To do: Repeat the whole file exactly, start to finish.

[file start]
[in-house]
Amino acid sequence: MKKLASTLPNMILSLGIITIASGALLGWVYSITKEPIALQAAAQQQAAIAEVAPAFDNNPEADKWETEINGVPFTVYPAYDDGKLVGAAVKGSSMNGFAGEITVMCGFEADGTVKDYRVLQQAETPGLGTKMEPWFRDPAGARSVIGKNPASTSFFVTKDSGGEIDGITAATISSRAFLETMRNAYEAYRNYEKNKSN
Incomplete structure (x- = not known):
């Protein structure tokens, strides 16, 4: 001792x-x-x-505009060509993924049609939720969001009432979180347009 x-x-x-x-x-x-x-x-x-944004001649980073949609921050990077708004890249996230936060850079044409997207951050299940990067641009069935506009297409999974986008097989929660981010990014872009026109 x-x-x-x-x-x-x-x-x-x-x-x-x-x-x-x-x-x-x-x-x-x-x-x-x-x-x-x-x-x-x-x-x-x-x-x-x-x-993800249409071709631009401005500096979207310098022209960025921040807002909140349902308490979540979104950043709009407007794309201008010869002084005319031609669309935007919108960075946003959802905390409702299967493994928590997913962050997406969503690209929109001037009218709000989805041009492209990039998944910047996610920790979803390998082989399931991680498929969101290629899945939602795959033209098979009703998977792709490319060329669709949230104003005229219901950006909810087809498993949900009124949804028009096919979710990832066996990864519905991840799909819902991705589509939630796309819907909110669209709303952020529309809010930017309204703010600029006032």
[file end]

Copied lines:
[in-house]
Amino acid sequence: MKKLASTLPNMILSLGIITIASGALLGWVYSITKEPIALQAAAQQQAAIAEVAPAFDNNPEADKWETEINGVPFTVYPAYDDGKLVGAAVKGSSMNGFAGEITVMCGFEADGTVKDYRVLQQAETPGLGTKMEPWFRDPAGARSVIGKNPASTSFFVTKDSGGEIDGITAATISSRAFLETMRNAYEAYRNYEKNKSN
Incomplete structure (x- = not known):
């Protein structure tokens, strides 16, 4: 001792x-x-x-505009060509993924049609939720969001009432979180347009 x-x-x-x-x-x-x-x-x-944004001649980073949609921050990077708004890249996230936060850079044409997207951050299940990067641009069935506009297409999974986008097989929660981010990014872009026109 x-x-x-x-x-x-x-x-x-x-x-x-x-x-x-x-x-x-x-x-x-x-x-x-x-x-x-x-x-x-x-x-x-x-x-x-x-x-993800249409071709631009401005500096979207310098022209960025921040807002909140349902308490979540979104950043709009407007794309201008010869002084005319031609669309935007919108960075946003959802905390409702299967493994928590997913962050997406969503690209929109001037009218709000989805041009492209990039998944910047996610920790979803390998082989399931991680498929969101290629899945939602795959033209098979009703998977792709490319060329669709949230104003005229219901950006909810087809498993949900009124949804028009096919979710990832066996990864519905991840799909819902991705589509939630796309819907909110669209709303952020529309809010930017309204703010600029006032």